Alex Frean, Starling’s corporate affairs chief, said that it was still in the process of applying for a banking licence here. “We are bringing genuine competition to a market that has been lacking it for so long by offering an app-based personal and business current account that is free and loaded with a host of smart money management tools,” Frean said.
“With no branch networks and no legacy IT systems to maintain, we have a much lower cost base than the legacy banks. They can try to copy our features, but they can’t copy our cost base.”
Frean said that banks had “tried to put things back to the way they were before” following the financial crisis. She said that Starling was founded because in order to build a “truly modern” bank that is customer-focused, it requires starting again “from scratch”.
Of course, Boden’s former employers dismiss this suggestion. AIB’s digital stats are impressive, boasting around 950,000 monthly active users who visit the site 36 times on average.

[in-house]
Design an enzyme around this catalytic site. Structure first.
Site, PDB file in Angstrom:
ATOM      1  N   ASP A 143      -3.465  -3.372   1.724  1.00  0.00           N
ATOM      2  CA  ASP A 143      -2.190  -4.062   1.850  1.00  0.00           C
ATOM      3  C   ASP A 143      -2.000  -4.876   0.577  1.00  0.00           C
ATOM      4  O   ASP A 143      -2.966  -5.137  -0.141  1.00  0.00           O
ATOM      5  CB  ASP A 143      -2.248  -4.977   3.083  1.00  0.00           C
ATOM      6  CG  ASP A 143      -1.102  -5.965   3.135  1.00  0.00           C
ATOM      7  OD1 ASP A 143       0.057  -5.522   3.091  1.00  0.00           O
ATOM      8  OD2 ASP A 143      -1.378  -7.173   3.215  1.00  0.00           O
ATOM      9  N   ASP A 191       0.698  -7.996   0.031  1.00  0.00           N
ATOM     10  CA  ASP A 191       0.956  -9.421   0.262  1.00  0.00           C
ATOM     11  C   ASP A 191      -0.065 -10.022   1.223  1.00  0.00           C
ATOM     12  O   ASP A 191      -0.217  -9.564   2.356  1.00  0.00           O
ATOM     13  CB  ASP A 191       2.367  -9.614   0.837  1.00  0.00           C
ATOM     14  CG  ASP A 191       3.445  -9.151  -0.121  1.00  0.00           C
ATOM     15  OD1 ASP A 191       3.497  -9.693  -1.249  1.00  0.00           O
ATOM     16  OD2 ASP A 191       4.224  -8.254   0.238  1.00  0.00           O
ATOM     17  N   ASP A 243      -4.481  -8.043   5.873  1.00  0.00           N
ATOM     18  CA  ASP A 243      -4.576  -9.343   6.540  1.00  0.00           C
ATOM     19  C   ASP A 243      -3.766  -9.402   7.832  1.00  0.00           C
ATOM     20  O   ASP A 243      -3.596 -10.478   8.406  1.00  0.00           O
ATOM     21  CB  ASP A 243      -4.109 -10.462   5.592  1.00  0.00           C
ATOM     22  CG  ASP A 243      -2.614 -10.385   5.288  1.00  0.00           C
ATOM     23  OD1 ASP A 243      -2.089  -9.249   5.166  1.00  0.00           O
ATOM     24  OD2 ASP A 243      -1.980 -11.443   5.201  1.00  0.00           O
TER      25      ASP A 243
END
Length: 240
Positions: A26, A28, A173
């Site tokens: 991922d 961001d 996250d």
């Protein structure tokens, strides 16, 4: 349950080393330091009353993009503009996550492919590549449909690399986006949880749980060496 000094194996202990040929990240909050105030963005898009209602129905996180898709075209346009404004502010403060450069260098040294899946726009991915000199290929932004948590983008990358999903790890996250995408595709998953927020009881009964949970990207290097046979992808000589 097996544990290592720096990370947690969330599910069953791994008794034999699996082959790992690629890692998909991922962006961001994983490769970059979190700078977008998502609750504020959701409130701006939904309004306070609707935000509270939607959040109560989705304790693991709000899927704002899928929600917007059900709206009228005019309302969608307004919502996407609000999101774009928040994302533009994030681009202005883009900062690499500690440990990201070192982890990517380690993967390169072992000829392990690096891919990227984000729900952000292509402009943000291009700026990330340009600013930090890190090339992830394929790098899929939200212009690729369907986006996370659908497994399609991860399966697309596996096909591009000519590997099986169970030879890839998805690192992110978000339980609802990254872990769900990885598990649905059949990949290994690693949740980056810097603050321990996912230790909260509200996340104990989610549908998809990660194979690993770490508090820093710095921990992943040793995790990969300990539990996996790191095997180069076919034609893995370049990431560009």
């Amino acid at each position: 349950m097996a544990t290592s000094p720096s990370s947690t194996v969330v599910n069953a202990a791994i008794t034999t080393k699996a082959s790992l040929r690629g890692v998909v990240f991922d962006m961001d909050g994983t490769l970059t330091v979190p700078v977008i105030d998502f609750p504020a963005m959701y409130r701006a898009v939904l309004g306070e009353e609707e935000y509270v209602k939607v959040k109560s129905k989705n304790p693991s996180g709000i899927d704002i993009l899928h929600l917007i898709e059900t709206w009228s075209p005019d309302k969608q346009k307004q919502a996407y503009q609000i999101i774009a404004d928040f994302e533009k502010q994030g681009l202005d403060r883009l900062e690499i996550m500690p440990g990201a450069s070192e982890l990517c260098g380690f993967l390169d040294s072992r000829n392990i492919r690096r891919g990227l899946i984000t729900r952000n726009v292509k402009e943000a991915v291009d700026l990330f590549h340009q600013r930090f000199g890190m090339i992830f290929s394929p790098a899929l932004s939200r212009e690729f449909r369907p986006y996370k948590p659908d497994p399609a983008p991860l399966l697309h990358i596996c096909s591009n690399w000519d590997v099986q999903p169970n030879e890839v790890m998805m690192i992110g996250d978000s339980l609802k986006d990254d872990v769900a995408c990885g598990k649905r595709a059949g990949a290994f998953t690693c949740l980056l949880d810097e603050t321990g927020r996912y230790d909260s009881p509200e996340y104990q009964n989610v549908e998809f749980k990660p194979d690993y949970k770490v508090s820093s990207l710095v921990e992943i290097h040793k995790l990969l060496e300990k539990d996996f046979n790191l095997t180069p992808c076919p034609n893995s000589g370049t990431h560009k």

The bank has also begun allowing customers to open a current account on the mobile app, pushing the nightmare days of the humble card reader even further into the distant memory.
The State-controlled bank also snapped up a stake in b2b payments player TransferMate in 2017 to reduce costs on international payments. It has also opened up its online banking technology to allow external developers to build new products. As we revealed last year, AIB has been “closely looking” at a subscription model similar to that of N26 and Revolut.
Fergal Coburn, AIB’s chief digital and innovation officer, said that the bank is continuing to invest in its products.
“Our multi-product offering differentiates us from fintech providers who tend to offer consumers a single, or limited range of products,” he said.
“Over 100,000 new customers opened a current account with AIB last year and we continue to retain a market leading position. While we have seen from our data that some customers do try these fintech services, in many cases it is supplementary to their main current account and AIB remains the primary banking products and services provider.”